Ken Levine explains Why Radio (as an industry) Sucks:

Here’s the problem: when I was a kid radio was exciting. Every station had live DJ’s. They had freedom to be personalities. They had distinctive styles (well, some did and then fifty other jocks in smaller markets copied them). They howled like wolves. They had an impact. They drew big audiences. They mattered. And it was not unusual for a creative young person (like myself) to want to go into radio.

Today, I don’t know any Millennial who wants to make a career in radio. Why the hell would he? That’s like wanting to be a butter churner. With so many more options available in video and music and numerous internet outlets where you can get your project – whatever it is – directly out to the public, why would anyone with artistic abilities or a need to express themselves bother with a medium that is dying, eliminating talent, exploiting the talent it has, and none of his peers listen to anyway? What’s to aspire to – being on a morning zoo making bad vagina jokes? Doing voice tracks for seven stations all for the price of being on one? Finding clever ways to say generic things so listeners will think you’re actually in Yakima? What idiot has stars in his eyes for THAT?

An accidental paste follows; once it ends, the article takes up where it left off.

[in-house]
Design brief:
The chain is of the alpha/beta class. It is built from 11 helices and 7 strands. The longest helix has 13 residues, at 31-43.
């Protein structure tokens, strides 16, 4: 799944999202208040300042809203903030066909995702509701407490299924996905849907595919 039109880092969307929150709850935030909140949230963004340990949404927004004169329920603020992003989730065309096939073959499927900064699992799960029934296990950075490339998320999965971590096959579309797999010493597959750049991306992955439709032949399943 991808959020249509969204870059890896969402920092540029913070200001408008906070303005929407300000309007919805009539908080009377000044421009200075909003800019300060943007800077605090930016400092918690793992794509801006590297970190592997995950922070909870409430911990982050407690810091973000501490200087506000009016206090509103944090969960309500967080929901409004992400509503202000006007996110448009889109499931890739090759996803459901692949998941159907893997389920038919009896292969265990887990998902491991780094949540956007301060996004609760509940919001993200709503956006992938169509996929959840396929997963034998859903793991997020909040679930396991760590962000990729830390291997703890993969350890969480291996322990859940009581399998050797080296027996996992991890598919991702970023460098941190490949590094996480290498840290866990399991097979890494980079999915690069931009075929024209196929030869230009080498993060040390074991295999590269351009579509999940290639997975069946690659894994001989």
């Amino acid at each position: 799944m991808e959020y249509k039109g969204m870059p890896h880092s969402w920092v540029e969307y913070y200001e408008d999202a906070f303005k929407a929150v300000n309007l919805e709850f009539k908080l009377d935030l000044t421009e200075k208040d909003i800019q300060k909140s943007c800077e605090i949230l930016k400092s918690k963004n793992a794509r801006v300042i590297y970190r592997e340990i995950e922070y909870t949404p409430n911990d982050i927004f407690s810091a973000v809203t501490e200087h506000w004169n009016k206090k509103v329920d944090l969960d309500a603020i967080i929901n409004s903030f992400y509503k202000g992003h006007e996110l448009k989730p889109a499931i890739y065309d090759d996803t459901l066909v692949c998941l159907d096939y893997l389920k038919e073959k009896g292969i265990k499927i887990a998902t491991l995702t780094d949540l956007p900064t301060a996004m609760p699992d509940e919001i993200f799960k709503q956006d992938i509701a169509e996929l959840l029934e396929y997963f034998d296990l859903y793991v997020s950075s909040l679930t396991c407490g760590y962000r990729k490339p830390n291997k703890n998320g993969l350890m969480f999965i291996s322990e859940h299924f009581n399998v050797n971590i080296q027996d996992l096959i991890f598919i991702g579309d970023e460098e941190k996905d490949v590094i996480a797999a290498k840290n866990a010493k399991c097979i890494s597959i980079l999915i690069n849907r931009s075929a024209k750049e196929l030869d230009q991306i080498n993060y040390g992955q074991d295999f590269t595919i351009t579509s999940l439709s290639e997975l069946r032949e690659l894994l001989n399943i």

I would add that most millennials have no interest in a radio career because they don’t even own a radio. They’re used to listening to streaming services like Pandora and Spotify, or discovering new music via friends on social media, or looking for playlists from celebrities they follow on YouTube.

They have no generational memory of waking up to a morning zoo or discovering a new station that promises featured-artist-double-shot-superset-mini-concert-back-to-back-instant-replay-twin-spins. They’re not drawn to a broadcast outlet promising a commercial-free hour once a day — and overloads the rest of the time with too many spots — when they can get commercial-free music all day and night online.

It’s entirely possible that millennials’ exposure to music doesn’t even include disc jockeys — ever! So the chances any of them would say “I want to do that” is about the same as the odds they’d log on to to find a job delivering milk.

Read Ken’s full piece here.